A recent article in DM Review1 was the first time we had heard the term "universal data model." But it wasn't the first time we'd worked with one. A year ago, one of our company's clients asked for help in implementing a generalized, abstract model from IBM. The model includes, for example, a single entity, PARTY, instead of entities for CUSTOMER, EMPLOYEE, DEPARTMENT and so forth. This puts it squarely in the realm of universal models. The model was built over many years with the help of many insurance organizations around the world and is intended to support the constructs needed by any and all insurance companies. The idea is that insurance organizations using the model can save time and money by leveraging the use of common database structures, rather than having to reinvent the wheel each time they develop a new system.

This type of model has another important benefit. Once implemented, it can easily support changes to business rules. When you use a universal model as the basis of your database design, you can add new types of relationships or change existing ones simply by adding new allowable values to the relationship tables. Terry Moriarty, who uses the term dynamic model to refer to what we're calling a universal model, describes this benefit in detail in a recent article.2

This all sounds good, but this article isn't intended as an advertisement for universal models. Rather it's an attempt to show how a real project team struggled to obtain benefit from a real universal data model. We believe what we learned will be useful for any organization trying to incorporate universal models successfully.

The Project

Our client had purchased their universal model about one year prior to our being called in. Some work had been done, but basically the model had not been touched for over six months. The client wanted to give it another try to see if they could leverage the investment already made. One of our tasks would be to discover why the model had been so difficult for them to incorporate. The first step was to learn about the model itself.

The model provides a business architecture from which you can describe applications for insurance companies. The data model consists of a highly generalized set of entities and attributes that support the insurance industry. It describes the "what to know" that the insurance industry deals with, for example, persons, agreements and so forth.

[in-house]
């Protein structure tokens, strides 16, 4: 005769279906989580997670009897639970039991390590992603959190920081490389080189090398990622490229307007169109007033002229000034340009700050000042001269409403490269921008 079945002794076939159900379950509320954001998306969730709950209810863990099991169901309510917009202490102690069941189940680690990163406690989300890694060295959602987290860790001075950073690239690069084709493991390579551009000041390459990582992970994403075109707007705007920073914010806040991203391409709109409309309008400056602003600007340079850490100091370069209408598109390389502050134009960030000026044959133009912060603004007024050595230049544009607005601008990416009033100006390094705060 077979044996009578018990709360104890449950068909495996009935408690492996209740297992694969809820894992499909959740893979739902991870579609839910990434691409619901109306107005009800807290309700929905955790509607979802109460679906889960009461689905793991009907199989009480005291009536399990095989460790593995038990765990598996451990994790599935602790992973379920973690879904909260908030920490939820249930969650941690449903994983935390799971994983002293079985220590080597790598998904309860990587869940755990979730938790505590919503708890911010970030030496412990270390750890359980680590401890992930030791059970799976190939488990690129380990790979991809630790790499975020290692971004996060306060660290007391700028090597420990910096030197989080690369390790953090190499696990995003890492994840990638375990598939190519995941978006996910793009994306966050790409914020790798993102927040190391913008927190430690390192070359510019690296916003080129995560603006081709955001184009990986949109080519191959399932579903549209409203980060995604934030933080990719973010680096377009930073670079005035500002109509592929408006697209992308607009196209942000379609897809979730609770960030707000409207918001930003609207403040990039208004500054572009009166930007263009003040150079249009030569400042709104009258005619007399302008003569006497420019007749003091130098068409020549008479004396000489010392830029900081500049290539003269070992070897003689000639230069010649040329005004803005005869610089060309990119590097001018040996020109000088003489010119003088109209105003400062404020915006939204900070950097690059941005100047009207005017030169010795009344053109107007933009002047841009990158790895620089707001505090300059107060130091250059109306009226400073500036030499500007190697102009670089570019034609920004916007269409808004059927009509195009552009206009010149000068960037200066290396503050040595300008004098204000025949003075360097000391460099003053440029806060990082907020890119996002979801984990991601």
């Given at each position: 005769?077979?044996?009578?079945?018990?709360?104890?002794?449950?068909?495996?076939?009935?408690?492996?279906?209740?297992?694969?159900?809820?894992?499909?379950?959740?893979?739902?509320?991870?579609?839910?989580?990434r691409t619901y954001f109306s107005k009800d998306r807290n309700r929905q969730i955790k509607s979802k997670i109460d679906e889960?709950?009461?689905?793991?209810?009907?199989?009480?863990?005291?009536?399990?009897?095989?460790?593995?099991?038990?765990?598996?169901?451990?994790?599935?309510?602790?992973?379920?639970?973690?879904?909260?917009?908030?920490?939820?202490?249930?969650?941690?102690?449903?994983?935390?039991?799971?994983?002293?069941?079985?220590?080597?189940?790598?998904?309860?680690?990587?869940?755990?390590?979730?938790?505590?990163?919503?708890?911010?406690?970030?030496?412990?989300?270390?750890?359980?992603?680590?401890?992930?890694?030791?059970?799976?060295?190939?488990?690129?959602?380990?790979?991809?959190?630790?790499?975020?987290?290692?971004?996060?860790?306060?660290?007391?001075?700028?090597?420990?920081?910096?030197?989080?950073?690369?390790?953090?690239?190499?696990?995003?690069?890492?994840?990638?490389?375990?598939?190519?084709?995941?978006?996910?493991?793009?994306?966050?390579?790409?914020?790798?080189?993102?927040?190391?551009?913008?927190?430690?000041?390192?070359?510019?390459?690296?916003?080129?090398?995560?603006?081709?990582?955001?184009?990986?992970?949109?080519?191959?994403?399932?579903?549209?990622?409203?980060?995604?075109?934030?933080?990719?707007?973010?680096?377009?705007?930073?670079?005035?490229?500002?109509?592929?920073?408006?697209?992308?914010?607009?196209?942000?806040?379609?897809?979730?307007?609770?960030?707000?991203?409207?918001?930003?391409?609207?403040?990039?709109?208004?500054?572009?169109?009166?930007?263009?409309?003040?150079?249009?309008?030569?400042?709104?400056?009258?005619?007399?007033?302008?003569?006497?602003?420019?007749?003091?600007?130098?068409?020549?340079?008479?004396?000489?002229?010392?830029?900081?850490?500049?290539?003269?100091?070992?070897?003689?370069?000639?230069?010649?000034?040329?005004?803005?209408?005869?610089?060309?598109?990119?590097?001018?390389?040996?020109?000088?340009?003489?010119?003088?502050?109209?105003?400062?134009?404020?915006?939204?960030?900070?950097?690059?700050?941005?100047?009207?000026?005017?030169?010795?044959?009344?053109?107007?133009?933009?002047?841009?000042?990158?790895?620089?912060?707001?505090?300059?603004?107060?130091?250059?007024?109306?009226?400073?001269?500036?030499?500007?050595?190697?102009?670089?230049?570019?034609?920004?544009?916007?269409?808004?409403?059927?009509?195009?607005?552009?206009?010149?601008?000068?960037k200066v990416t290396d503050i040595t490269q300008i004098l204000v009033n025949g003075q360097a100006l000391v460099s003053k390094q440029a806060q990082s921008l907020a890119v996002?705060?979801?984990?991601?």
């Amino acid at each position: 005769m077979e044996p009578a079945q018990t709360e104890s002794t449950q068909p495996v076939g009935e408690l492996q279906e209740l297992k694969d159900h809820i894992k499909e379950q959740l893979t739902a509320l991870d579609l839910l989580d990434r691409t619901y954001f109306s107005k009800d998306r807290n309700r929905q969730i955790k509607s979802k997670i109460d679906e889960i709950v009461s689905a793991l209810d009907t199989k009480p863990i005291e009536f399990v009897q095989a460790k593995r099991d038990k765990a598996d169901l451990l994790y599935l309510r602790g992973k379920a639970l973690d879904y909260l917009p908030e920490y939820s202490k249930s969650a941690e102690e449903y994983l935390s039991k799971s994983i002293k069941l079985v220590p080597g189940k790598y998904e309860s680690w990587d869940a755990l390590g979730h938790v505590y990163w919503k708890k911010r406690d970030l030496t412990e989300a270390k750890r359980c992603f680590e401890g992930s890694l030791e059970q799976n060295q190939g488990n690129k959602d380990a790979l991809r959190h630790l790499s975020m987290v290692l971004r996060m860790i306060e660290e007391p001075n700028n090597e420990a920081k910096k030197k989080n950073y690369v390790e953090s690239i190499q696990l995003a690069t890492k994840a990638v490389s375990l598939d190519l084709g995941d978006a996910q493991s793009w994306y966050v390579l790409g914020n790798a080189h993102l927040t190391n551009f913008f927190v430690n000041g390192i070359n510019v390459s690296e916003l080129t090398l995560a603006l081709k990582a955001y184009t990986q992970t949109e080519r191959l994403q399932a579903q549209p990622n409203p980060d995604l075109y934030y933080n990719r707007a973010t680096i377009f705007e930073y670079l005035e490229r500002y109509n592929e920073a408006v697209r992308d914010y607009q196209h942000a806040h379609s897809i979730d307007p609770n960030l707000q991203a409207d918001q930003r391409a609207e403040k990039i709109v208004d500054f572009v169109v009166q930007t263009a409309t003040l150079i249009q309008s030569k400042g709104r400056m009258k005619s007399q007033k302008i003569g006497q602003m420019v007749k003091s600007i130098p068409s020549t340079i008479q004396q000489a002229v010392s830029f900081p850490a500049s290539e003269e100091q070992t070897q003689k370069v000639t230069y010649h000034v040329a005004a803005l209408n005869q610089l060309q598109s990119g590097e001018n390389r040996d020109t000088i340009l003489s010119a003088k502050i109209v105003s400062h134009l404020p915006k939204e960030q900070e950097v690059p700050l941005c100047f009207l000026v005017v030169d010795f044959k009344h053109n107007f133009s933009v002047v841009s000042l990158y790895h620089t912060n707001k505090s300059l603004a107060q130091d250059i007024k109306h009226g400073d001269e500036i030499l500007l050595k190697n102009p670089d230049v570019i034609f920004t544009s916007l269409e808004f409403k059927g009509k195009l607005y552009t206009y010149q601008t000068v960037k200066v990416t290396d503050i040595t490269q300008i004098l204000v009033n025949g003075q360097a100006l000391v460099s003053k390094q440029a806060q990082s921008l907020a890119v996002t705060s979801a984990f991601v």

Similar to the universal data models described in the DM Review article (and in the related book by the same authors3), the data model we were to work with is highly abstract. For people and organizations, it includes a single entity, PARTY, with two sub-types, PERSON and ORGANIZATION. It is in the relationship of a PARTY entity with another PARTY entity that a role is taken on. This role information is captured in the type of the relationship. Each organization specifies the types, and therefore the roles, which apply to its business policy.

For example, a PERSON entity can be related to another PERSON with a role of DEPENDENT. An ORGANIZATION can be related to another ORGANIZATION with a role of DEPARTMENT. A PERSON can be related to an ORGANIZATION with a role of EMPLOYEE and, perhaps, also a role of CUSTOMER. Figure 1 illustrates the basic PARTY structure.

Figure 1: PARTY View

The Problem

Our client agreed that such a generalized model held many advantages. It would be flexible and easy to extend. New roles need only be added to allow new relationship types between PARTY entities. So why hadn't the model been used?

The problem, as we eventually discovered, was that the model seemed to have no relation to the client's business. They were building a group health care enrollment system. Where were the members and their dependents? Where were their plan choices? Where were the rules governing which employee groups could select which plans? Our client did not see their business in the universal models. Once we understood that this was the roadblock, we set about defining a solution.

Step 1: Developing Three Levels of Models

The universal model, while very complete and detailed, did not address the capture of business requirements. Without those requirements, our client felt at a loss as to which parts of the universal model to use, or whether its basic constructs needed to be modified to capture their business-specific rules. This, we discovered, was the key issue that prevented the effective use of the model.

The solution was to develop three levels of models:

Business-level models would allow us to gather knowledge about the business using familiar terms such as client, member or group plan. This level of modeling would also allow us to capture information about business processes and the organizations within the business that participated in those processes.